Australia’s first comprehensive education resource to represent same-sex parented families.
The School Action Toolkit is a Health and Physical Education / PDHPE (Y5–10) resource that explores family diversity in a fun & insightful way, using stories drawn from GAYBY BABY. Beyond the classroom, it provides staff with strategies to make their school community a safe & inclusive space for all students & their families.
This Supplementary Video Kit complements the free, downloadable School Action Toolkit resource which is tailored to meet the achievement standards and content of the Health and Physical Education learning area of the Australian curriculum and PDHPE in NSW for Years 5-10.
The supplementary video kit encourages insightful, manageable conversations based on the real life experiences of children being raised by same-sex attracted parents and explores the universal challenges and transitions that students will go through as they move through adolescence.
The Supplementary Video Kit contains:
Want extra family diversity posters to display at your school or organisation? Click here to purchase a 5 or 10 pack, or save on postage and add the posters to your supplementary video kit order!
Fields marked with an * are required
GAYBY BABY’s School Action Toolkit is linked to the Health and Physical Education learning area of the Australian Curriculum and PDHPE in NSW for years 5-10. The resource may also be extended for use in Humanities and English classes.
The video stimulus material encourages insightful, manageable conversations based on the real life experiences of children being raised by same-sex attracted parents and explores the universal challenges and transitions that students will go through as they move through adolescence.
In the 2011 Census there were:
33,714 same-sex couple
households in Australia
6,120 children living in these households.
That’s double the number of children since the 2001 census, meaning children with same-sex attracted parents are a rapidly growing demographic in our schools.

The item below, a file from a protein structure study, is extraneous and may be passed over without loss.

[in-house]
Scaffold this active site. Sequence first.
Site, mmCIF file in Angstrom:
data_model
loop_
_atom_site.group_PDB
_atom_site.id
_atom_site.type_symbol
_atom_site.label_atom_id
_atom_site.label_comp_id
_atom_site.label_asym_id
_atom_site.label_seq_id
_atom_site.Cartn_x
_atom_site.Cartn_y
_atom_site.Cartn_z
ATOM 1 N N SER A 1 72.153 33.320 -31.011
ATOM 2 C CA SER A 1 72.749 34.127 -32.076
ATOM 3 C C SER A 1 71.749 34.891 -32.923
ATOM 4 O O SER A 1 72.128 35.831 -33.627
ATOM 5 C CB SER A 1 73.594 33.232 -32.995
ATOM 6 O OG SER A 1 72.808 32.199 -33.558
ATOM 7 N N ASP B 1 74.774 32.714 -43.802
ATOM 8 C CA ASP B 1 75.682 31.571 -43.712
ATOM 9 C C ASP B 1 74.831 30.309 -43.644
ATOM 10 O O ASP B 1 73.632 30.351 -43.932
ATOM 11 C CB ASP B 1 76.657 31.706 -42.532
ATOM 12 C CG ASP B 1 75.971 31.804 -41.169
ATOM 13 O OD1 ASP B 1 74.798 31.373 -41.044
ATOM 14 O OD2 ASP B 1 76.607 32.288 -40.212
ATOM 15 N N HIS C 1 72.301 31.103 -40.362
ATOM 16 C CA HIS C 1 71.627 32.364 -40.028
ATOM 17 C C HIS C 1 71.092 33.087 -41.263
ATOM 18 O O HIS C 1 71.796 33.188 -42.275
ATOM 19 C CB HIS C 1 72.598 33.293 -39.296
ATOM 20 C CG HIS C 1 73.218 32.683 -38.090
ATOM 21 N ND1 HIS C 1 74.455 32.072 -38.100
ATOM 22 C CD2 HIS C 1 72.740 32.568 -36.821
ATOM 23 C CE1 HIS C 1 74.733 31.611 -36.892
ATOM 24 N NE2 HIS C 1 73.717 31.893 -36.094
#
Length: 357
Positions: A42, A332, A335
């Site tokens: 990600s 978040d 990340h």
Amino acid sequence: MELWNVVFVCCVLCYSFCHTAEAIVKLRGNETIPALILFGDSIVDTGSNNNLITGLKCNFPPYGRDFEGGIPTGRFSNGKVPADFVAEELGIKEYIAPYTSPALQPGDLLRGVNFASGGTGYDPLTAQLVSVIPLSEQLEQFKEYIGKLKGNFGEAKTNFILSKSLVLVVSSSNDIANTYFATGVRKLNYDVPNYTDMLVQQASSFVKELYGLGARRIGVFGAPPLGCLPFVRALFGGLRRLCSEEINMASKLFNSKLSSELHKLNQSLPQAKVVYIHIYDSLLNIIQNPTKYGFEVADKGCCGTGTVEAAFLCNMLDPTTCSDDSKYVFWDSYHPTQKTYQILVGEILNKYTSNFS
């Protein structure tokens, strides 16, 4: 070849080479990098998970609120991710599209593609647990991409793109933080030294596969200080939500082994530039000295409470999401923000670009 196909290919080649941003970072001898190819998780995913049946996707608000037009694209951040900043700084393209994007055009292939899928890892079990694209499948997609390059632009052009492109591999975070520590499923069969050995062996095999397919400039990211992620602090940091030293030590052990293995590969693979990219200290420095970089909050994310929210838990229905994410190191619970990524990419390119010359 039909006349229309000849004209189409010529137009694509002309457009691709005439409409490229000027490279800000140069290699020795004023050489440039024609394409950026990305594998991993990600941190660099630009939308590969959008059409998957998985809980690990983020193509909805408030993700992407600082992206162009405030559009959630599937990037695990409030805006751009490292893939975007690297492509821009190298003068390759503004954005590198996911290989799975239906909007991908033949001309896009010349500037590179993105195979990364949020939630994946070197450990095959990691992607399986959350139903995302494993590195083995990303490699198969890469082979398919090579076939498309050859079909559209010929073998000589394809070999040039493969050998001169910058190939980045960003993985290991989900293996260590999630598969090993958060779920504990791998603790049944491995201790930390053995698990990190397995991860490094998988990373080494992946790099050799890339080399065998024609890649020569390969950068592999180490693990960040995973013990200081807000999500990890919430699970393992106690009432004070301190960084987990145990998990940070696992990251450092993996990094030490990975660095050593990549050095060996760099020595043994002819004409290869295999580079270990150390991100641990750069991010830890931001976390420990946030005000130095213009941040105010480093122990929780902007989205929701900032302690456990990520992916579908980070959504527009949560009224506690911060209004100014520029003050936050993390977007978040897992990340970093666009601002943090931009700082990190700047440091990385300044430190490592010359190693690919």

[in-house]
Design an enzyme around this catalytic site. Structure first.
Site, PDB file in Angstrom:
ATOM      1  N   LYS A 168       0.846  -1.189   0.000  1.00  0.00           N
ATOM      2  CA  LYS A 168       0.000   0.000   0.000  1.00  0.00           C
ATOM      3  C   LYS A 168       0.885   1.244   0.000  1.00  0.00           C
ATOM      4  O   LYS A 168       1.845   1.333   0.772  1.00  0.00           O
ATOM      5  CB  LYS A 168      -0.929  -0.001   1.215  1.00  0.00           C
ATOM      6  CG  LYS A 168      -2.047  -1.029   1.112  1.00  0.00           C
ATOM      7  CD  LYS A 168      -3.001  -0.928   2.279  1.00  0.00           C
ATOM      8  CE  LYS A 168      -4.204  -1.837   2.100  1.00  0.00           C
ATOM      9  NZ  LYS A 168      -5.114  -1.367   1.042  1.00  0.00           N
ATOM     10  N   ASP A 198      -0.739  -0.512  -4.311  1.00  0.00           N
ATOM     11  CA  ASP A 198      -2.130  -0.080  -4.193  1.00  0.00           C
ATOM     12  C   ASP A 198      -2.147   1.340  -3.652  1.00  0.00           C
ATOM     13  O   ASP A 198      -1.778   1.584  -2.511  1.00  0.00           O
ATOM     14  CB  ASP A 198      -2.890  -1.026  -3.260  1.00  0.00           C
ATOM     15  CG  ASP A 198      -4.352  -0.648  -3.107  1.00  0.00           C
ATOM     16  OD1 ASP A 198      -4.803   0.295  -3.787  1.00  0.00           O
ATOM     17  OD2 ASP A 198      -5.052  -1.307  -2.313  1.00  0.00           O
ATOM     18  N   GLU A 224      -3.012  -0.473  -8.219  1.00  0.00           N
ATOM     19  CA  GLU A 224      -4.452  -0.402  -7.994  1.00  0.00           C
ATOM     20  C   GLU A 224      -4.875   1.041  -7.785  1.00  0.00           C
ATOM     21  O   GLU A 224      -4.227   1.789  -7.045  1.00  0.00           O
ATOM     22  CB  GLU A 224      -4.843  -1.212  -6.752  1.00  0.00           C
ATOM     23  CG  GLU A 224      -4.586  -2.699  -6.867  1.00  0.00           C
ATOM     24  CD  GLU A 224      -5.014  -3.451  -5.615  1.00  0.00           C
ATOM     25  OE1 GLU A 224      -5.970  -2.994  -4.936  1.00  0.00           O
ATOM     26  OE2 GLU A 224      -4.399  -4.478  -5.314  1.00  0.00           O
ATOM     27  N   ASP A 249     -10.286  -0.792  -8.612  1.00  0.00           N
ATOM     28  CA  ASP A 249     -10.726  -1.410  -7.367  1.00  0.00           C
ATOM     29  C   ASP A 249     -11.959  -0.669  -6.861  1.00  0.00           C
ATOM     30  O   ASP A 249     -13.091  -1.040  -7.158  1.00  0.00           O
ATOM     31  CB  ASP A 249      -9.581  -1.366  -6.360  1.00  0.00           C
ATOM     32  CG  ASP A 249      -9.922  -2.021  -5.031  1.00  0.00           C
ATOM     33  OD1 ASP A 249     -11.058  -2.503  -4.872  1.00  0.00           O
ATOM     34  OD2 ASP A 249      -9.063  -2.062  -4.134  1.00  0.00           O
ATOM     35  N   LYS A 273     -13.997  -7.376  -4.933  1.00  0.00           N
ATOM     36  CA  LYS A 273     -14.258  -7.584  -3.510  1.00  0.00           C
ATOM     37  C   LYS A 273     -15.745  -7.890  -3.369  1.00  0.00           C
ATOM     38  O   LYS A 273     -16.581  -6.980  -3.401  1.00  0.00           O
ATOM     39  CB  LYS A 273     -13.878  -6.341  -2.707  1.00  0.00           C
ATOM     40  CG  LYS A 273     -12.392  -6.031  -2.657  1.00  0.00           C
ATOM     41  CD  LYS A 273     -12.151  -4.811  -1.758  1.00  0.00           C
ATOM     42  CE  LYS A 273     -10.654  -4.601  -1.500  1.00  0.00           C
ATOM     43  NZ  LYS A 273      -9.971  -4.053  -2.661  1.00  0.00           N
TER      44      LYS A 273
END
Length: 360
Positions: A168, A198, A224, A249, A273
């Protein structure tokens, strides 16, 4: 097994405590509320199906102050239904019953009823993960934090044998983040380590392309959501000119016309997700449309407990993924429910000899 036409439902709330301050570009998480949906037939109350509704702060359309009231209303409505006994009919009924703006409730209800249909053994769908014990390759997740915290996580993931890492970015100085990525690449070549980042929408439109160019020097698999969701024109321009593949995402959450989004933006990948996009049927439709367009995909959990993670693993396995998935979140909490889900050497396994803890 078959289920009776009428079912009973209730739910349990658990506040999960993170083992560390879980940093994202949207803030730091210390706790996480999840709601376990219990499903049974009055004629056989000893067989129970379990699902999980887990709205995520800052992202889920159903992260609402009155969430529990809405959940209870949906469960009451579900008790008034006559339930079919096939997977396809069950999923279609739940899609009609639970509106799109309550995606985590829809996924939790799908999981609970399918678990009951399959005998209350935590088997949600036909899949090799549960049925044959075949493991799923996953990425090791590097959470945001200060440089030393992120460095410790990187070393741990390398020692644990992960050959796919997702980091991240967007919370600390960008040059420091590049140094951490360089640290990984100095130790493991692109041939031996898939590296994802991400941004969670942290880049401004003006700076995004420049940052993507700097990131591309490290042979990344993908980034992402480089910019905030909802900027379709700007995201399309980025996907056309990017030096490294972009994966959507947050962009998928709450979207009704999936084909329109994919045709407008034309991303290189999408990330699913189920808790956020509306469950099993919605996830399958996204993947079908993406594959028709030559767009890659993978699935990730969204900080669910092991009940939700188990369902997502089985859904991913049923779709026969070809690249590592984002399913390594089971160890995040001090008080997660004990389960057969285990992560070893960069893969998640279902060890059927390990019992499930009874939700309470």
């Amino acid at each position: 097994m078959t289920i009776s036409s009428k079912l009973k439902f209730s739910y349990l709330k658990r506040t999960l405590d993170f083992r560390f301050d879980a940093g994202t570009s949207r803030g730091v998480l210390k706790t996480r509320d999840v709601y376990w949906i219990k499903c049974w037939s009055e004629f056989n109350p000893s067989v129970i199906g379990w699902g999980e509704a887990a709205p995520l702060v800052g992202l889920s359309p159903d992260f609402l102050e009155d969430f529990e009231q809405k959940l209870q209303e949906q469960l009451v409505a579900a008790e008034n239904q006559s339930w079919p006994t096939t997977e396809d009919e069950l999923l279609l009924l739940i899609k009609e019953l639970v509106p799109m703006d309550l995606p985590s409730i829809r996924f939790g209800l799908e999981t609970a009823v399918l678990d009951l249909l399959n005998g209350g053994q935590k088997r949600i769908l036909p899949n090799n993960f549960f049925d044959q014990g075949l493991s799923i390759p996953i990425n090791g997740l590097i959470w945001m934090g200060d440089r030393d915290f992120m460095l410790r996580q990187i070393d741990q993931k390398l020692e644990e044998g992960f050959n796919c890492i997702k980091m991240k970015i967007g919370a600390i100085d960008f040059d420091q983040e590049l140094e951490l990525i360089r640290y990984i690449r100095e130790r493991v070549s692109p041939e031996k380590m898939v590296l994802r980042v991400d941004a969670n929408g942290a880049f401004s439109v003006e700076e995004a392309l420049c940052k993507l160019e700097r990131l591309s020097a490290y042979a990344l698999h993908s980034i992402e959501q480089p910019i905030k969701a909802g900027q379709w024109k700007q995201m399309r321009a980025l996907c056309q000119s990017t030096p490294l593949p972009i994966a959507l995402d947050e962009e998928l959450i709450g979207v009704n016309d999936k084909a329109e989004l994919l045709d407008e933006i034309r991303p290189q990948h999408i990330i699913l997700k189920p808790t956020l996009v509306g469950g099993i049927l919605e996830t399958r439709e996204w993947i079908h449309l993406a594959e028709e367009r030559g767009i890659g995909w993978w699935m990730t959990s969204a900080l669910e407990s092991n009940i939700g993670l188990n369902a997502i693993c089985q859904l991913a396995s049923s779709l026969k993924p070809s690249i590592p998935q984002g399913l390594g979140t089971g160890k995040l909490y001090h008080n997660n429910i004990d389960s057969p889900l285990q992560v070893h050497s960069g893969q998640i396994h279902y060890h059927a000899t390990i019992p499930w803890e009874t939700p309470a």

“I think if this film had been shown and my type of family had been known about at school, I wouldn’t have had to lie. I wouldn’t have had to make up stories about what my family was, and who the other woman was who was living with us. School would have been easier. I could have been honest and open with myself and my friends. It would have made a huge difference to my learning as a kid.”
– Jesse, 23 yrs, Gayby
A young person’s family is central to their understanding of their own identity. When students see a family like theirs reflected in their school environment, it increases feelings of validation, safety and acceptance. This positively impacts their academic motivation and social wellbeing1.
Beyond the classroom, the School Action Toolkit encourages a whole school approach to welcoming diverse families in the school community. This is important, as there is an ever-growing demographic of children with same-sex attracted parents and/or non-traditional, ‘modern’ families…
To be a welcoming and safe school, you need to support students from diverse families as you would those from traditional families. The School Action Toolkit provides you with strategies to confidently provide this support.
1 See ‘An Introduction to Welcoming Schools’ (URL below) or read the toolkit for full list of academic papers which detail the social, educational and emotional benefits of inclusive classrooms; http://www.hrc.org/files/images/general/An_Introduction_to_Welcoming_Schools.pdf
What is a modern family? The structure and composition of Australian families is rapidly changing across the board. Some children are experiencing a number of family transitions and structures before they reach adolescence. Statistics (2009-2010) on Australian families indicate:
19% of children lived in
single parent families.
7% of children were living in blended families and 3% in step families, suggesting many children now have multiple “mothers” and “fathers” in their lives.
2% of children lived with
grandparents or foster parents.
A small number of children lived in adoptive families. In 2010–11, there were 346 adoptions of children aged 0–14 in Australia (this includes ‘known’, local and inter-country adoptions).
Receive e-newsletters – We don’t send them often, but when we do they’re worth a click!